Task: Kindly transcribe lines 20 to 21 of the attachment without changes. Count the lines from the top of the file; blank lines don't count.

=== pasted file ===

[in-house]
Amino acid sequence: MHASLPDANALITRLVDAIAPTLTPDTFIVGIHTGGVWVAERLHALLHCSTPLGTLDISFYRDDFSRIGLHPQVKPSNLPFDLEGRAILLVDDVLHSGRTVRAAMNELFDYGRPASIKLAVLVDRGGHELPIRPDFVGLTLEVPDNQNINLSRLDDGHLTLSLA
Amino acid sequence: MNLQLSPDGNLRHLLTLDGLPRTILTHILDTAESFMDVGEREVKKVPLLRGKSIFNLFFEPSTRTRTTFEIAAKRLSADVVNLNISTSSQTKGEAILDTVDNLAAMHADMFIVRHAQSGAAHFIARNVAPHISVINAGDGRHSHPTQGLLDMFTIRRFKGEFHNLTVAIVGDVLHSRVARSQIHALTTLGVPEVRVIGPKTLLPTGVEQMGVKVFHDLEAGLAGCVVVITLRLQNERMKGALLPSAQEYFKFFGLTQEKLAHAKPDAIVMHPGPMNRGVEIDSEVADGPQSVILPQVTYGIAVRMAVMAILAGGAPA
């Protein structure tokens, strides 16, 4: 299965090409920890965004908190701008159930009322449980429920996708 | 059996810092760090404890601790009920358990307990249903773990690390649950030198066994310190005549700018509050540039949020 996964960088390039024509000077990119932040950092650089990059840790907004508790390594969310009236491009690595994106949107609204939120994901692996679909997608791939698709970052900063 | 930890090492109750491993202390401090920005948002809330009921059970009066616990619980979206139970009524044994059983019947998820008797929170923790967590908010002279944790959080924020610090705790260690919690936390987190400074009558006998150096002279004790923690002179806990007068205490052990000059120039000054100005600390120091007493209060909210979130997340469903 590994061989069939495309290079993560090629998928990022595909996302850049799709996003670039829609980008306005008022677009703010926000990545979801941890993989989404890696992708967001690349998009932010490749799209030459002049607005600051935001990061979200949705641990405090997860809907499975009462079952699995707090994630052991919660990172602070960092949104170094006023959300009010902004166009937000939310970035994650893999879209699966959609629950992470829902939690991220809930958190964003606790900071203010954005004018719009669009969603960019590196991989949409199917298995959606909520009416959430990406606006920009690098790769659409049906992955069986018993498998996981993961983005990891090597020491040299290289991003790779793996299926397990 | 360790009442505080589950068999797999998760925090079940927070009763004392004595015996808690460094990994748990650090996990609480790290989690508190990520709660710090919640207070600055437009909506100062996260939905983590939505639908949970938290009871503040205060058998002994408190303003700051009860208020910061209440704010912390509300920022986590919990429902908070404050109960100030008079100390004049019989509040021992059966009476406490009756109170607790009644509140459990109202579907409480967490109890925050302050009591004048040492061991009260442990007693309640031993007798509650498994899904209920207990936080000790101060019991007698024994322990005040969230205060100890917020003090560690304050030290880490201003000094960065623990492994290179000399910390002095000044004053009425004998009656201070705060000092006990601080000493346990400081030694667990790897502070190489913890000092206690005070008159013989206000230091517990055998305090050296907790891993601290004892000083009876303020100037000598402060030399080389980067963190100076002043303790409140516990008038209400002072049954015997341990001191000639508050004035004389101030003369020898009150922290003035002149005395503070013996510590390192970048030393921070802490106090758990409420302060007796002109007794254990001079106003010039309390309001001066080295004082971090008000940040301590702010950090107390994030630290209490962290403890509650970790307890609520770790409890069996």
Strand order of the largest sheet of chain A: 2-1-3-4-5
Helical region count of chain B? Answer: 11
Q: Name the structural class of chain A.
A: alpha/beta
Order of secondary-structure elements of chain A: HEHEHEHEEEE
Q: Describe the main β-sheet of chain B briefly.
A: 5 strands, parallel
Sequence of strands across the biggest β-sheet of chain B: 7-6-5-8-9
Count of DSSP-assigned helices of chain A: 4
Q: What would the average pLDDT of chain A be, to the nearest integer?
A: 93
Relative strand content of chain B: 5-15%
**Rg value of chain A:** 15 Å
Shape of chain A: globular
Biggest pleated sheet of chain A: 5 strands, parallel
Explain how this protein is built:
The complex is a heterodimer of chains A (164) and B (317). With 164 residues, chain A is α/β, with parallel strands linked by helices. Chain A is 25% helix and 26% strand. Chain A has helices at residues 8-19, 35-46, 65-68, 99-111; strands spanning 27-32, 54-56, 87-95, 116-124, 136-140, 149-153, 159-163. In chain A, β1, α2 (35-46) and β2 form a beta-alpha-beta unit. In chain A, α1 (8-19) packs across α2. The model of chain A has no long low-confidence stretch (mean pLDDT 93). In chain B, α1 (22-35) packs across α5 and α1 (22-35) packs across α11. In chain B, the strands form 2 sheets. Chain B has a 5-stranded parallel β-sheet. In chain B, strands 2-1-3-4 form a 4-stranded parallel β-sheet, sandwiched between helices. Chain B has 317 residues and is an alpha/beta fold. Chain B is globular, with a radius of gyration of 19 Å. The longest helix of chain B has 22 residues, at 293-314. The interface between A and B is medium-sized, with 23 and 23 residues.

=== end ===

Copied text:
Explain how this protein is built:
The complex is a heterodimer of chains A (164) and B (317). With 164 residues, chain A is α/β, with parallel strands linked by helices. Chain A is 25% helix and 26% strand. Chain A has helices at residues 8-19, 35-46, 65-68, 99-111; strands spanning 27-32, 54-56, 87-95, 116-124, 136-140, 149-153, 159-163. In chain A, β1, α2 (35-46) and β2 form a beta-alpha-beta unit. In chain A, α1 (8-19) packs across α2. The model of chain A has no long low-confidence stretch (mean pLDDT 93). In chain B, α1 (22-35) packs across α5 and α1 (22-35) packs across α11. In chain B, the strands form 2 sheets. Chain B has a 5-stranded parallel β-sheet. In chain B, strands 2-1-3-4 form a 4-stranded parallel β-sheet, sandwiched between helices. Chain B has 317 residues and is an alpha/beta fold. Chain B is globular, with a radius of gyration of 19 Å. The longest helix of chain B has 22 residues, at 293-314. The interface between A and B is medium-sized, with 23 and 23 residues.